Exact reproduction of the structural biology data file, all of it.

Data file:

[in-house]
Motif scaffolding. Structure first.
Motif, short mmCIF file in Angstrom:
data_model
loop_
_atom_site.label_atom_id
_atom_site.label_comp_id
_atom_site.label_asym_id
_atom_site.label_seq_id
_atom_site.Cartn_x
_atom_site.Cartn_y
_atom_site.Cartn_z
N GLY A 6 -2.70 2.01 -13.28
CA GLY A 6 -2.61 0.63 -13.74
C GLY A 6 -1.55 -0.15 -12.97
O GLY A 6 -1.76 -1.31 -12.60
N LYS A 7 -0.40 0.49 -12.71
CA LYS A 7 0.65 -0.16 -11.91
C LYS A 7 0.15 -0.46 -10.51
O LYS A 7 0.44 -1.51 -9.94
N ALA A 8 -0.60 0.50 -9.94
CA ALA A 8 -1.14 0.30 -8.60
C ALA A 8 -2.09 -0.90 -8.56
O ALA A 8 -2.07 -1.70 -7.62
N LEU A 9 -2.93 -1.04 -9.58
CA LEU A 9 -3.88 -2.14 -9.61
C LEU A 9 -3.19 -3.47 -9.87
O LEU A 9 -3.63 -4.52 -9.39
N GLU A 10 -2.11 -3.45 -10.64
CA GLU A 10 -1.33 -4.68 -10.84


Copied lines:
[in-house]
Motif scaffolding. Structure first.
Motif, short mmCIF file in Angstrom:
data_model
loop_
_atom_site.label_atom_id
_atom_site.label_comp_id
_atom_site.label_asym_id
_atom_site.label_seq_id
_atom_site.Cartn_x
_atom_site.Cartn_y
_atom_site.Cartn_z
N GLY A 6 -2.70 2.01 -13.28
CA GLY A 6 -2.61 0.63 -13.74
C GLY A 6 -1.55 -0.15 -12.97
O GLY A 6 -1.76 -1.31 -12.60
N LYS A 7 -0.40 0.49 -12.71
CA LYS A 7 0.65 -0.16 -11.91
C LYS A 7 0.15 -0.46 -10.51
O LYS A 7 0.44 -1.51 -9.94
N ALA A 8 -0.60 0.50 -9.94
CA ALA A 8 -1.14 0.30 -8.60
C ALA A 8 -2.09 -0.90 -8.56
O ALA A 8 -2.07 -1.70 -7.62
N LEU A 9 -2.93 -1.04 -9.58
CA LEU A 9 -3.88 -2.14 -9.61
C LEU A 9 -3.19 -3.47 -9.87
O LEU A 9 -3.63 -4.52 -9.39
N GLU A 10 -2.11 -3.45 -10.64
CA GLU A 10 -1.33 -4.68 -10.84